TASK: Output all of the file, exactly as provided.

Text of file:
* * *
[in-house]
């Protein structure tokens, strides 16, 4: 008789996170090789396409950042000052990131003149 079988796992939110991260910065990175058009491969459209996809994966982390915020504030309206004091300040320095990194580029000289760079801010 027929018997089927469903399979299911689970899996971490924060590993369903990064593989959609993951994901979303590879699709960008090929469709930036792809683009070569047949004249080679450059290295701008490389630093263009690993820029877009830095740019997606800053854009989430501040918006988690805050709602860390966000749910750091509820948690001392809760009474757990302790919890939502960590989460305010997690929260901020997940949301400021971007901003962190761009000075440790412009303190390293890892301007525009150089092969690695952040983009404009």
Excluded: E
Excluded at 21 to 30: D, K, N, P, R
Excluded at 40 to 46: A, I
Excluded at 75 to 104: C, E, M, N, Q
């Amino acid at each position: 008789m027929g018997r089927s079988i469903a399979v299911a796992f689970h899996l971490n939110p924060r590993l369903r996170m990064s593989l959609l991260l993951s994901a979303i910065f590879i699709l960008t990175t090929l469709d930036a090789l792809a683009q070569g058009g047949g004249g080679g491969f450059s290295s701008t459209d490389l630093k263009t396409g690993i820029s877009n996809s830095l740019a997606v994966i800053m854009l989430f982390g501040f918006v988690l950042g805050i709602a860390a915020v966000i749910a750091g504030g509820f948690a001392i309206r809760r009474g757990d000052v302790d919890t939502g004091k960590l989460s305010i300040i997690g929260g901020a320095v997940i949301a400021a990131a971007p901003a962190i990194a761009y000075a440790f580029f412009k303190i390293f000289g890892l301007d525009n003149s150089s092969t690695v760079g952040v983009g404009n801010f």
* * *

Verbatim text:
[in-house]
């Protein structure tokens, strides 16, 4: 008789996170090789396409950042000052990131003149 079988796992939110991260910065990175058009491969459209996809994966982390915020504030309206004091300040320095990194580029000289760079801010 027929018997089927469903399979299911689970899996971490924060590993369903990064593989959609993951994901979303590879699709960008090929469709930036792809683009070569047949004249080679450059290295701008490389630093263009690993820029877009830095740019997606800053854009989430501040918006988690805050709602860390966000749910750091509820948690001392809760009474757990302790919890939502960590989460305010997690929260901020997940949301400021971007901003962190761009000075440790412009303190390293890892301007525009150089092969690695952040983009404009």
Excluded: E
Excluded at 21 to 30: D, K, N, P, R
Excluded at 40 to 46: A, I
Excluded at 75 to 104: C, E, M, N, Q
């Amino acid at each position: 008789m027929g018997r089927s079988i469903a399979v299911a796992f689970h899996l971490n939110p924060r590993l369903r996170m990064s593989l959609l991260l993951s994901a979303i910065f590879i699709l960008t990175t090929l469709d930036a090789l792809a683009q070569g058009g047949g004249g080679g491969f450059s290295s701008t459209d490389l630093k263009t396409g690993i820029s877009n996809s830095l740019a997606v994966i800053m854009l989430f982390g501040f918006v988690l950042g805050i709602a860390a915020v966000i749910a750091g504030g509820f948690a001392i309206r809760r009474g757990d000052v302790d919890t939502g004091k960590l989460s305010i300040i997690g929260g901020a320095v997940i949301a400021a990131a971007p901003a962190i990194a761009y000075a440790f580029f412009k303190i390293f000289g890892l301007d525009n003149s150089s092969t690695v760079g952040v983009g404009n801010f």